The debts, which were traced to 2001, include the ones Nigerian airline operators refused to pay from 2001 to 2013, which attracted litigation that was later won at the Supreme Court by the agency.
NAMA provides very critical services fundamental to flight operations including air traffic control, visual and non-visual aids, aeronautical telecommunication services that enhance commercial, private and military aircraft fly in and out of Nigeria’s airspace.
The breakdown of these debts, THISDAY gathered revealed domestic airlines including the ones that had closed operations in Nigeria owe the agency over N6.5billion, while private oil companies and state governments are indebted to it to the tune of N1.5billion, totalling N8.08billion naira.
Govt Undermining Domestic Airlines, say Operators (Punch)
The Airline Operators of Nigeria has said domestic carriers are being undermined by the government through lack of support for their operations.
The Chairman, AON, Capt. Noggie Meggison, said in a statement that while foreign exchange was regularly being allocated to importers of petrol at N285 per dollar, domestic airlines received no such support from the government.
“The road transporters don’t pay five per cent VAT, or the regulatory five per cent ticket sales tax, or other multiple taxes being charged the airlines today, where as much as 35 per cent of the total ticket price is paid as taxes and levies.
“Apart from the question of no support on the fixed rate of jet fuel, the government is not making dollars available for the airlines to carry out their operations. To this end, therefore, it will seem like the airlines are being undermined.”
Meggison said for most air passengers, the alternative mean of travel would be going by road.
Air Peace Plans to Launch operations into Accra, Altanta, Dubai (Daily Sun)Air Peace Limited is planning to commence commercial flight operations out of Nigeria into Accra, Ghana; Dubai, United Arab Emirates; Atlanta, United States of America; China; Dakar, Senegal; and Niger Republic, its Chief Operating Officer, Mrs. Oluwatoyin Olajide, has said.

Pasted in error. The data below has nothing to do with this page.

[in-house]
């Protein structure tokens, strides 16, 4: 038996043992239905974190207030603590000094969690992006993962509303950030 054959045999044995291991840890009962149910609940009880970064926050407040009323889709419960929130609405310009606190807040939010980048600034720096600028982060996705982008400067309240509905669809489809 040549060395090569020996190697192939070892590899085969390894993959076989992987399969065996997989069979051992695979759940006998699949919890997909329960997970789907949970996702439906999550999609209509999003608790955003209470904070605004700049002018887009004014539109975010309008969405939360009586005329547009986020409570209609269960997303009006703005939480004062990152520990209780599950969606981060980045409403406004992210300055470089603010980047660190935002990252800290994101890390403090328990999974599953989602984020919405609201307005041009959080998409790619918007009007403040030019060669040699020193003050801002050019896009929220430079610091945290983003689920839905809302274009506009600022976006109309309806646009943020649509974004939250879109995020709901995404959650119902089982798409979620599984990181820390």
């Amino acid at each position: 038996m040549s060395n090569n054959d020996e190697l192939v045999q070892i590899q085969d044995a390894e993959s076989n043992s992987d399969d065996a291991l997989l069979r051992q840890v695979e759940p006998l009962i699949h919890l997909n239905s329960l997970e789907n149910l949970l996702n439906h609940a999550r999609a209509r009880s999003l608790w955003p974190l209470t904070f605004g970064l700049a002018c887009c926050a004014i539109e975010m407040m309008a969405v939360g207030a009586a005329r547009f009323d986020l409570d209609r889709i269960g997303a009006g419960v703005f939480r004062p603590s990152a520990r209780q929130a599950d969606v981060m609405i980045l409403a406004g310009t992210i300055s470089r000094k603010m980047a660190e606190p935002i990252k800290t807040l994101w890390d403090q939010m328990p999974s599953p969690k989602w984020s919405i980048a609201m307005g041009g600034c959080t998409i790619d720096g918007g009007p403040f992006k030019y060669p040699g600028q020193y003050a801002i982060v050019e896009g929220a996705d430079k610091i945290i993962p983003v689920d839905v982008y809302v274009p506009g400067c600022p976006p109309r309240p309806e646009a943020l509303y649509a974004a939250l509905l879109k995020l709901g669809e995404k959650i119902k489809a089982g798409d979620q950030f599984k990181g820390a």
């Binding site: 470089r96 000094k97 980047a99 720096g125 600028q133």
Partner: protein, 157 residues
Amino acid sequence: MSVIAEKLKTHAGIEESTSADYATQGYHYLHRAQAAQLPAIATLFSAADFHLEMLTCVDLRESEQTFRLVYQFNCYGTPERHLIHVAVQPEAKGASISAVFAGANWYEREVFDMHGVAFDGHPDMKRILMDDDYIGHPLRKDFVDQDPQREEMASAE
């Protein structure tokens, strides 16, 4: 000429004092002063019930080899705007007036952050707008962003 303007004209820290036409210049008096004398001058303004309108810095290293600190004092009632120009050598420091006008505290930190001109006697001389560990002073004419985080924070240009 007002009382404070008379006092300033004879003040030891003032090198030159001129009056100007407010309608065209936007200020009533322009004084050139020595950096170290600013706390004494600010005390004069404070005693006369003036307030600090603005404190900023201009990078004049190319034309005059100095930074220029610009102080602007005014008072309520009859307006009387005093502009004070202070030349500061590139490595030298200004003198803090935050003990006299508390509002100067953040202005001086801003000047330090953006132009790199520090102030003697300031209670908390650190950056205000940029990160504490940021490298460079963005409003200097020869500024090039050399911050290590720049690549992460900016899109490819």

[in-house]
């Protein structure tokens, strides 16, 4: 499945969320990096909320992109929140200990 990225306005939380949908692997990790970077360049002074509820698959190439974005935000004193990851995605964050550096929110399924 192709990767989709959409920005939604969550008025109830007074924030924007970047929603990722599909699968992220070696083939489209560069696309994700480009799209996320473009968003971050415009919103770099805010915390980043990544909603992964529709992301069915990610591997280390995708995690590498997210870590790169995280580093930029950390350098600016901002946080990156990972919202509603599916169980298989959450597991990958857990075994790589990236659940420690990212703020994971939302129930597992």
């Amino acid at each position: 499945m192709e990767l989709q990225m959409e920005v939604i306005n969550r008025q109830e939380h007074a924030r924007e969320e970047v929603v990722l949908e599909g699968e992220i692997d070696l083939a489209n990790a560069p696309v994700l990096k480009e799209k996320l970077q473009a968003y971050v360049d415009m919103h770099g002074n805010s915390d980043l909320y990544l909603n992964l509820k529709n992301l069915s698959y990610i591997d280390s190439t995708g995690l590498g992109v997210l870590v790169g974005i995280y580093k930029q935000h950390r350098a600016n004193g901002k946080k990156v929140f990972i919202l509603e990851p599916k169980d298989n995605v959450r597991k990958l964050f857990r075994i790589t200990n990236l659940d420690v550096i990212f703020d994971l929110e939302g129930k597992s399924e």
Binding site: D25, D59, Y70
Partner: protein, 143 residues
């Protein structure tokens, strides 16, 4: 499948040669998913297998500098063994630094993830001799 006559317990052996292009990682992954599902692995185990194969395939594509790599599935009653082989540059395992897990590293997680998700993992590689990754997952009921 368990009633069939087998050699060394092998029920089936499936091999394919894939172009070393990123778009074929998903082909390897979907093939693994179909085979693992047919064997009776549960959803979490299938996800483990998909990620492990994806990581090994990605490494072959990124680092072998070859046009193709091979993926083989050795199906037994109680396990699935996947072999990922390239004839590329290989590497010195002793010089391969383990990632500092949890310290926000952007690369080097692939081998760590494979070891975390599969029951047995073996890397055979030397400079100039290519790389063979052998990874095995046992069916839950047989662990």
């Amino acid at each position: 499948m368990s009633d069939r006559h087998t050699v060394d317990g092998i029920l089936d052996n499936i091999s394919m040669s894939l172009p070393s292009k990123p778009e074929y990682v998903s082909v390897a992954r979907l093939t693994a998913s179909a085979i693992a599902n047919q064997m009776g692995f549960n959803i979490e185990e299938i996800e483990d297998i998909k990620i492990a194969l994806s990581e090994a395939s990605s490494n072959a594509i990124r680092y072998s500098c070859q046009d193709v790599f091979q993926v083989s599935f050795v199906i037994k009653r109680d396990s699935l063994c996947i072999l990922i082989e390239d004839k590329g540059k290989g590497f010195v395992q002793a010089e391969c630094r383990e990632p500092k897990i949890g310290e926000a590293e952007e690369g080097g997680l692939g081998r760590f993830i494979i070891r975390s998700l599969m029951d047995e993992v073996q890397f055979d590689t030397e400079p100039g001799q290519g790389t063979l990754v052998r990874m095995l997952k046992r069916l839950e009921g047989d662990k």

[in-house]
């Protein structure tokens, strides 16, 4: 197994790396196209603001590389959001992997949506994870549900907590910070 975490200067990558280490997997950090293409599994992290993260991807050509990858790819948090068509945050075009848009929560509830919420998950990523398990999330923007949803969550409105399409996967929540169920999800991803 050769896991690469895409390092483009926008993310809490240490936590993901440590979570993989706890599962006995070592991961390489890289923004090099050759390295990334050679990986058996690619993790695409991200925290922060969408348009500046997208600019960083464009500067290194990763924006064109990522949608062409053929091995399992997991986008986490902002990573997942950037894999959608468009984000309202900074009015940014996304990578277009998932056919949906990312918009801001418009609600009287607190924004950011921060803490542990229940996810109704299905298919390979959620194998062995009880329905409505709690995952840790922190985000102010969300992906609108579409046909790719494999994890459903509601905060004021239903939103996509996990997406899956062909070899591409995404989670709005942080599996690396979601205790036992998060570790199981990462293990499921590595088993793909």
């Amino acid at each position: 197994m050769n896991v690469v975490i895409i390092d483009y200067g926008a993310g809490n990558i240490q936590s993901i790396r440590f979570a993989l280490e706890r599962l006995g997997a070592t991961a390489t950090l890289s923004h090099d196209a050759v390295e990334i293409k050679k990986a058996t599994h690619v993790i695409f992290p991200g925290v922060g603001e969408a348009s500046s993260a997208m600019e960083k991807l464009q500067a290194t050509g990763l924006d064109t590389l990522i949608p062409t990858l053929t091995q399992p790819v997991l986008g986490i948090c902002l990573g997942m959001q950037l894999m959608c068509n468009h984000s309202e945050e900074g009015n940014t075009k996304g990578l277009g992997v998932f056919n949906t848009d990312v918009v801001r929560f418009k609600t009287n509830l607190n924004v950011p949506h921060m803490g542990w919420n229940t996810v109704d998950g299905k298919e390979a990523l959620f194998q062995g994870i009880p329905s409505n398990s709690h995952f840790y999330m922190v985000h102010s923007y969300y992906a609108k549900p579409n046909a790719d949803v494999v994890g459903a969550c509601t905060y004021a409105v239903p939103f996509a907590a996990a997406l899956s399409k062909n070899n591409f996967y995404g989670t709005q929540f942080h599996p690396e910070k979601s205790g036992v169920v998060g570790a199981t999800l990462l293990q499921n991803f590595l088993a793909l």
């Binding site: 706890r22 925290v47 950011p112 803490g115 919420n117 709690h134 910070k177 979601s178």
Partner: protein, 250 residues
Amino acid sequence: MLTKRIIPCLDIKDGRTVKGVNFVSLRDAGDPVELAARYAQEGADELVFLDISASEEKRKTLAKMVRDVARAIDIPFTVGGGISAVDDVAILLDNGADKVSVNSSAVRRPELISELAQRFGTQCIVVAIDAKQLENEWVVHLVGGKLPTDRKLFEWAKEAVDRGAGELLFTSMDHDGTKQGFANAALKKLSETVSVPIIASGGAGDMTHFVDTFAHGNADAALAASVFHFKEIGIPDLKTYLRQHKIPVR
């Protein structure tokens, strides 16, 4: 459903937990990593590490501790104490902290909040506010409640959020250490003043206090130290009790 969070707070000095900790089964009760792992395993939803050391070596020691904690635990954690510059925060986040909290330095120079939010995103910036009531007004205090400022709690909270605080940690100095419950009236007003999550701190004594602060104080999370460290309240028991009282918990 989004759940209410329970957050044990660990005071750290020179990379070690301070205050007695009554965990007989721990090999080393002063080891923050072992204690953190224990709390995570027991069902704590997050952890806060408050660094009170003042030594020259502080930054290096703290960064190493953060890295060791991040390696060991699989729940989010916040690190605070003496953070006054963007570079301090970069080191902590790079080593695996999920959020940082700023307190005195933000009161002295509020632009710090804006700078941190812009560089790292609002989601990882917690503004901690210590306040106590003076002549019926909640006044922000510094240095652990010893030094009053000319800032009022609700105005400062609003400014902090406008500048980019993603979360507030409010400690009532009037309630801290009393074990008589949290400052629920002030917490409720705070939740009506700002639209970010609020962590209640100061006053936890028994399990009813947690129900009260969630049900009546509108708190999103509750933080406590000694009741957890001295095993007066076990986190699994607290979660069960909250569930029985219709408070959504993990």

Mrs Olajide said that the planned foray into the offshore routes constituted part of the airlines new expansion programmme.
She said the civil aviation authorities of Ghana and Niger Republic have already endorsed the plan of the airline to spread its wings into their countries given the pedigree of the Nigerian carrier in giving priority to safety and global best practice in its operations.
“The airline is eager to operate the international flights soon as the chairman and management of Air Peace will continuously strive for excellence in all its operations and distinguish the airline through quality service delivery,” said Olajide.
“Air Peace will not relent in its expansion plan. The airline will strengthen the quality of its operations and facilities in keeping with its promise of assuring high level passenger safety,” she added.Speaking during a two-day foreign air operator base inspection visit to Air Peace facilities in Lagos, Head of Operations Department of Niger Civil Aviation Authority, Mr. Bala Sani, said the airline’s safety standards, state-of-the-art equipment and structure qualified it for international flight operations.
Air safety: NCAA Commences Certification of AVSEC Screeners (New Telegraph, Guardian,DailyTimes, DailyTrust)